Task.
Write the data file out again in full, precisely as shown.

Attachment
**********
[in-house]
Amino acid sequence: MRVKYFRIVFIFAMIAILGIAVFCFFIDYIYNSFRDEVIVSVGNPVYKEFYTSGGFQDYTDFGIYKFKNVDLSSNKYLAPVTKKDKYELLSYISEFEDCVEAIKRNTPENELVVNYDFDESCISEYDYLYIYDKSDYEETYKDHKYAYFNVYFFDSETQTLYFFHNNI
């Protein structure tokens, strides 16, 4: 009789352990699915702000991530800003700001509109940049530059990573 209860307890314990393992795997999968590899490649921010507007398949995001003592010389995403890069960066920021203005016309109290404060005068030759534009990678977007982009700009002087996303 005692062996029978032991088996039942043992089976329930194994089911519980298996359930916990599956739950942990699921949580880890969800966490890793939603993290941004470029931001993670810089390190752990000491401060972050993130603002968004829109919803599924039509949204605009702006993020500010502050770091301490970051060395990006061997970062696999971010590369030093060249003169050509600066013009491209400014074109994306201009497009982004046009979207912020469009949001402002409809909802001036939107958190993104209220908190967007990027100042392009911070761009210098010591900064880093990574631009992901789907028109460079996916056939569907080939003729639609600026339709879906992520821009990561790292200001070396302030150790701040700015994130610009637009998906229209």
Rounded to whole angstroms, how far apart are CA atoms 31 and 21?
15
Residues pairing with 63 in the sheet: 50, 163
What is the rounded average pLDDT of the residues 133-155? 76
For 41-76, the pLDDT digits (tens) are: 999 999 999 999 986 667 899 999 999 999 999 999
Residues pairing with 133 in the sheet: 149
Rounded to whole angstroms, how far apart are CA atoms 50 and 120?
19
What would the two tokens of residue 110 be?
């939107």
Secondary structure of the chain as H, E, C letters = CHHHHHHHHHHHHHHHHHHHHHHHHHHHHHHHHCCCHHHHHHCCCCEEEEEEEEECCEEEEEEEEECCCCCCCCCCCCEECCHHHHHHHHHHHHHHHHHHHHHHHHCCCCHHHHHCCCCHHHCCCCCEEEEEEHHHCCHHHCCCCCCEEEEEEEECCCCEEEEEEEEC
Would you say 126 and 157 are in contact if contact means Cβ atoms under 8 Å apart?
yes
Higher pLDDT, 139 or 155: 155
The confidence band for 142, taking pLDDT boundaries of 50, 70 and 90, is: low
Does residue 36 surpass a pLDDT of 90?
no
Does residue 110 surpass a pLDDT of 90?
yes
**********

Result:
[in-house]
Amino acid sequence: MRVKYFRIVFIFAMIAILGIAVFCFFIDYIYNSFRDEVIVSVGNPVYKEFYTSGGFQDYTDFGIYKFKNVDLSSNKYLAPVTKKDKYELLSYISEFEDCVEAIKRNTPENELVVNYDFDESCISEYDYLYIYDKSDYEETYKDHKYAYFNVYFFDSETQTLYFFHNNI
């Protein structure tokens, strides 16, 4: 009789352990699915702000991530800003700001509109940049530059990573 209860307890314990393992795997999968590899490649921010507007398949995001003592010389995403890069960066920021203005016309109290404060005068030759534009990678977007982009700009002087996303 005692062996029978032991088996039942043992089976329930194994089911519980298996359930916990599956739950942990699921949580880890969800966490890793939603993290941004470029931001993670810089390190752990000491401060972050993130603002968004829109919803599924039509949204605009702006993020500010502050770091301490970051060395990006061997970062696999971010590369030093060249003169050509600066013009491209400014074109994306201009497009982004046009979207912020469009949001402002409809909802001036939107958190993104209220908190967007990027100042392009911070761009210098010591900064880093990574631009992901789907028109460079996916056939569907080939003729639609600026339709879906992520821009990561790292200001070396302030150790701040700015994130610009637009998906229209």
Rounded to whole angstroms, how far apart are CA atoms 31 and 21?
15
Residues pairing with 63 in the sheet: 50, 163
What is the rounded average pLDDT of the residues 133-155? 76
For 41-76, the pLDDT digits (tens) are: 999 999 999 999 986 667 899 999 999 999 999 999
Residues pairing with 133 in the sheet: 149
Rounded to whole angstroms, how far apart are CA atoms 50 and 120?
19
What would the two tokens of residue 110 be?
């939107």
Secondary structure of the chain as H, E, C letters = CHHHHHHHHHHHHHHHHHHHHHHHHHHHHHHHHCCCHHHHHHCCCCEEEEEEEEECCEEEEEEEEECCCCCCCCCCCCEECCHHHHHHHHHHHHHHHHHHHHHHHHCCCCHHHHHCCCCHHHCCCCCEEEEEEHHHCCHHHCCCCCCEEEEEEEECCCCEEEEEEEEC
Would you say 126 and 157 are in contact if contact means Cβ atoms under 8 Å apart?
yes
Higher pLDDT, 139 or 155: 155
The confidence band for 142, taking pLDDT boundaries of 50, 70 and 90, is: low
Does residue 36 surpass a pLDDT of 90?
no
Does residue 110 surpass a pLDDT of 90?
yes